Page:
January 15, 2014

Throw Down (2004)

A man loses all of his money in an illegal gambling den. Rather than see him walk home empty-handed, his friend impulsively snatches the cash and runs for her life. They run down the street together, chased by a trio of gangsters. When the gangsters are about to catch the girl, the man leaps into their path. He submissively takes the beating of his life while she hides around the corner. When the man finally staggers around the corner to re-join her, he is missing a shoe. She walks back to the gangsters to retrieve it. And it’s one of the most romantic scenes ever committed to film.

Throw Down is a marvel: a unique film experience that blends genre so effortlessly that it becomes difficult to describe its genre at all. It is too funny to be a drama. It is too whimsical to be a thriller. It’s too sedate and meditative to be an action film. It’s too heartfelt and melancholic to be a comedy. It is, instead, simply a wonderfully told story. It is rich in visual imagery, overflowing with heart and originality, and stands head-and-shoulders above almost every Hong Kong movie ever made. It is a particular favourite of mine.

The film is directed by Johnnie To, who is a strong contender for Hong Kong’s most talented living director. It basically boils down to a choice between To and Wong Kar-wai, I think, and which director you ultimately side with will depend on your personal taste in films. Throw Down is To’s tribute to Japanese master director Akira Kurosawa, who must rank as a strong contender for best director ever. The tribute does not disappoint, nor is it misplaced. Throw Down is a film of images. It could likely be broadly understood without bothering to read the subtitles. This visual storytelling not only gives the film simplicity, it also gives it subtlety. An actor can express far more with a look or a gesture than with dialogue.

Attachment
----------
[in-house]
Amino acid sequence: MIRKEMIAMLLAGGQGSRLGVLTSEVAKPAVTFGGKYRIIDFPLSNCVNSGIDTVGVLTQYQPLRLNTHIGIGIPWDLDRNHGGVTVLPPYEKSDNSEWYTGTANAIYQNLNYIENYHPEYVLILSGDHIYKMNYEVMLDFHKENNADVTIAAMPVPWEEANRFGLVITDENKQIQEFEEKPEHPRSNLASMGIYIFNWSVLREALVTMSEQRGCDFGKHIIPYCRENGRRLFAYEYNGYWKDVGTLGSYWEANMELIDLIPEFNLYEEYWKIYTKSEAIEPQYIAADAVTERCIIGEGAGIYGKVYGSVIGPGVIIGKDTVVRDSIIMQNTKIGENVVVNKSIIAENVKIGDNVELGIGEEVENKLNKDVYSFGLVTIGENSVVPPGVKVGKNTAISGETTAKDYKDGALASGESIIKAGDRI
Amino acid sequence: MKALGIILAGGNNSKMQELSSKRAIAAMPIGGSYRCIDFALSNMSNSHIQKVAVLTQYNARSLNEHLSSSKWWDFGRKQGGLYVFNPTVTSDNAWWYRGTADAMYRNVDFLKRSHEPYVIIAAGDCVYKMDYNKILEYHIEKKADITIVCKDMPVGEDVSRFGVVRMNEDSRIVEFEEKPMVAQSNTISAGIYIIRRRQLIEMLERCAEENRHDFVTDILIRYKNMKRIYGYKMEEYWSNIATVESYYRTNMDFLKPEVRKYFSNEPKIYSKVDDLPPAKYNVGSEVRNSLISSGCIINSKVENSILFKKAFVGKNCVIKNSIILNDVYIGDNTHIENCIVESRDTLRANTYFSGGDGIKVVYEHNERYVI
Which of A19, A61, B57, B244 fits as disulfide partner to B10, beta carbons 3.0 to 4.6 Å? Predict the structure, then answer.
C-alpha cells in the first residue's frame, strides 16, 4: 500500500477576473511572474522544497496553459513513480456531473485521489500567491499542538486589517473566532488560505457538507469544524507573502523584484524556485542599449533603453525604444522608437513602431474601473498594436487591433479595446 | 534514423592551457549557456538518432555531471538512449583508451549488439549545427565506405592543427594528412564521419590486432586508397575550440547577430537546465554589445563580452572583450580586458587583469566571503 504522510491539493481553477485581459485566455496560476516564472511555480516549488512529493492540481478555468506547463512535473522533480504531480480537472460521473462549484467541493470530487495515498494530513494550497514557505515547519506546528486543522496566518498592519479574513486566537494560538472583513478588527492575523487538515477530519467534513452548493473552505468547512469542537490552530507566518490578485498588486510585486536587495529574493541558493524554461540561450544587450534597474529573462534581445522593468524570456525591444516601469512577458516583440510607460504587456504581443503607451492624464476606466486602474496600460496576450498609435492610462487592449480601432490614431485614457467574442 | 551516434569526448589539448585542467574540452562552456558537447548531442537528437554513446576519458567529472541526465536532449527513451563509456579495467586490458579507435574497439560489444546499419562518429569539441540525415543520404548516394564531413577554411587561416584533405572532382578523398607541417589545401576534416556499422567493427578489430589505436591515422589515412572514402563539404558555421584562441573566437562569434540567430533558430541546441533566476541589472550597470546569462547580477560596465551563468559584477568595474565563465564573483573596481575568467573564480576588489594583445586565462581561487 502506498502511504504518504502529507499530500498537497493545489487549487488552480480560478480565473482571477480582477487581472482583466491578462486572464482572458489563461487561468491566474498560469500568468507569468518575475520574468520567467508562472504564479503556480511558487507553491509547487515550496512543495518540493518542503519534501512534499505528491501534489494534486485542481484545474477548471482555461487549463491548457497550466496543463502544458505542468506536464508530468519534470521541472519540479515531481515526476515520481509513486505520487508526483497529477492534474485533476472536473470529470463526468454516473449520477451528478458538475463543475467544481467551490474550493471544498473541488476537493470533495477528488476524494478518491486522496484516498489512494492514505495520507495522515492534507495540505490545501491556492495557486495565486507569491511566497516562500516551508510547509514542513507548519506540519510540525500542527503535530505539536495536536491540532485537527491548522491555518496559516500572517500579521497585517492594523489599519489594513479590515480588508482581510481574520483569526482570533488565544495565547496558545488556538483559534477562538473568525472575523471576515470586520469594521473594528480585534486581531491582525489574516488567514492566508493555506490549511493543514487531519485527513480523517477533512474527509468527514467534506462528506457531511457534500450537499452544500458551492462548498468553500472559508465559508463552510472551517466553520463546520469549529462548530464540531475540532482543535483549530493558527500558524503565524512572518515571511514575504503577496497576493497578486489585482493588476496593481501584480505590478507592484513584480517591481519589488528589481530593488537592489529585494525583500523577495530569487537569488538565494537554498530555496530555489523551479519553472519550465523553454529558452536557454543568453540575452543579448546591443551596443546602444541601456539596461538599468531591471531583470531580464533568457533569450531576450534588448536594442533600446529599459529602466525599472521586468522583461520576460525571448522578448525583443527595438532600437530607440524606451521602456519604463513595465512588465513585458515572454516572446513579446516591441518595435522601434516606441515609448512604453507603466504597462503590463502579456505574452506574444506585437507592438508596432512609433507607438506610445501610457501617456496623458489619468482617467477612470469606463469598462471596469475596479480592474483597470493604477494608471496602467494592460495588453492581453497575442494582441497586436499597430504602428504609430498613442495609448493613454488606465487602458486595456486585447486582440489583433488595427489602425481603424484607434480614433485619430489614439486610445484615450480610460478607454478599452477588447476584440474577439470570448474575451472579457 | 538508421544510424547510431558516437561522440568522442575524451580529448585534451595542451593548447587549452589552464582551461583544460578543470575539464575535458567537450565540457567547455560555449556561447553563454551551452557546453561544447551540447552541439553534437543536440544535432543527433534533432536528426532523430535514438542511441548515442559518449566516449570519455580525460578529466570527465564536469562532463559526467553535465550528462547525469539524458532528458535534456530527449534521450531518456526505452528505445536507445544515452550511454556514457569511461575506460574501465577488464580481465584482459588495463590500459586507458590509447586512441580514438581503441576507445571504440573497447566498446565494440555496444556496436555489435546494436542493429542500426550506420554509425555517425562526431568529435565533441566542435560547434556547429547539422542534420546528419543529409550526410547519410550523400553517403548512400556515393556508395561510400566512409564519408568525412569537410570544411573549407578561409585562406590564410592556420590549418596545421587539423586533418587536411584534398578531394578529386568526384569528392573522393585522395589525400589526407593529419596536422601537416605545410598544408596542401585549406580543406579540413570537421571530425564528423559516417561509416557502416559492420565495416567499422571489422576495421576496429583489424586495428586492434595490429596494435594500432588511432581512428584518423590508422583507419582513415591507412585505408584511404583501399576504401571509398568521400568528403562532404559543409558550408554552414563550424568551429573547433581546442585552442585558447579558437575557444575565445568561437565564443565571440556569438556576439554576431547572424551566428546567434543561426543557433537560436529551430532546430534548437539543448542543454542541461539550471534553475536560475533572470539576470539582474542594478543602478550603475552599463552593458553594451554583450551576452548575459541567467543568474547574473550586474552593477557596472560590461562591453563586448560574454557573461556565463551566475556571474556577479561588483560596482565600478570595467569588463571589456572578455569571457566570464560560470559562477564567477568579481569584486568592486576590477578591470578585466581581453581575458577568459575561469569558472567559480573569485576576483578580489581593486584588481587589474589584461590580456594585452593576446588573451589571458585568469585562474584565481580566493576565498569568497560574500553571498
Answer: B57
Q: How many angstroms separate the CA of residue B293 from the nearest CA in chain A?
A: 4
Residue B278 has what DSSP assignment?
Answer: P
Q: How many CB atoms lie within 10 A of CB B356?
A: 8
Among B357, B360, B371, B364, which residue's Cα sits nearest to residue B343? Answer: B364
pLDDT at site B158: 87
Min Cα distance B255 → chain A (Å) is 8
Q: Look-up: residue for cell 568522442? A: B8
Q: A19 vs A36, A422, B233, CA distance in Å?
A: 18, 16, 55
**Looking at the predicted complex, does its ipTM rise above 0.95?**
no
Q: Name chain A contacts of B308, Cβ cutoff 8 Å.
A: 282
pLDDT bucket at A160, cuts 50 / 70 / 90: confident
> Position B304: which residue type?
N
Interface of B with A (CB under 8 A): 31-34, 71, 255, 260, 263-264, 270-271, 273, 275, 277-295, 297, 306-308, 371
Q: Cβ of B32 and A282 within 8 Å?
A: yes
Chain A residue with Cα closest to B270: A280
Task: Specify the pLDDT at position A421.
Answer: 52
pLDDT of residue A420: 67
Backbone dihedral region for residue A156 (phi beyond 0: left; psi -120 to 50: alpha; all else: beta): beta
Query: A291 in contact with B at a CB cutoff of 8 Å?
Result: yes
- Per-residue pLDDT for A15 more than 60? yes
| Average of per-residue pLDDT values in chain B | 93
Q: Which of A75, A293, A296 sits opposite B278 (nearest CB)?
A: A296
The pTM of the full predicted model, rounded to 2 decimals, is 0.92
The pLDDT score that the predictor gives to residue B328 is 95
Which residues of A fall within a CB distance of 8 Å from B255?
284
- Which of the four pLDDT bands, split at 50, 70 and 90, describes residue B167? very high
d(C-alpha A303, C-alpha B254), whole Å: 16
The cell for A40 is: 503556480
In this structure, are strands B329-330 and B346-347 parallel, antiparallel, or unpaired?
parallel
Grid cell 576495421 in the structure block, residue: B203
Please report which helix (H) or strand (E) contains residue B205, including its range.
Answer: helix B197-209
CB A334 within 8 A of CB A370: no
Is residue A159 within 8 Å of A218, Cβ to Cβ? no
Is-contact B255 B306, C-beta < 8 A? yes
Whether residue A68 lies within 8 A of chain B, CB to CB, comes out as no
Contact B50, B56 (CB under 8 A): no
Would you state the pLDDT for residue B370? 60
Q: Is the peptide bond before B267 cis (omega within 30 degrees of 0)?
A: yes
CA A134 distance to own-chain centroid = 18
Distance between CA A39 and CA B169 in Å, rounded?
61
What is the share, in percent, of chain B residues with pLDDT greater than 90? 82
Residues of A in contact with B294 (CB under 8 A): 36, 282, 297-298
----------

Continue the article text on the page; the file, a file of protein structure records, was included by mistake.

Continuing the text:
Louis Koo plays Sze To, a former judo champion turned eccentric drunken bar manager. Once he was the best judo fighter in the city. Now he stumbles around his darkened bar, addicted to alcohol and gambling. When he needs money, he steals it from a local Triad leader. Once he’s got it, he gambles it away. He hasn’t performed judo in two years, and nobody knows why he spontaneously quit. Sze To encounters two strangers on the same day. Mona (Cherry Ying) is an aspiring pop star recently kicked out of her apartment for non-payment of rent. Tony (Aaron Kwok) is an up-and-coming judo fighter with a desire to spar with a legendary master. The three form the emotional core of the film, with the numerous supporting characters orbiting them in a series of overlapping storylines. All three actors are sensational. Ying brings a phenomenal amount of appeal to her character, while Koo gives what I feel is the best performance of his career.

The film also stars Tony Leung Ka-Fai as Lee Kong, a master judo fighter still smarting from Sze To’s unexpected retirement. The use of such a high-calibre actor in a supporting role gives Lee Kong a gravity that he might otherwise lack.

Also of note is the film’s score, composed and performed by four-time HK Film Award-winner Peter Kam. It does what movie scores do best: it underlines the action, and gives emotional resonance to the scenes.

The overall effect of Throw Down is difficult to surprise. It juggles so many genres simultaneously, and flicks from one to the other with apparent ease. To has directed so many of Hong Kong’s finest motion pictures, whether kung fu action films like The Heroic Trio, or Triad thrillers like Election, The Mission and Exiled, or dramas like All About Ah-Long or even romantic comedies like Don't Go Breaking my Heart. Throw Down is the best of all of them.

This review was originally published on the Eiga: Asian Cinema website.

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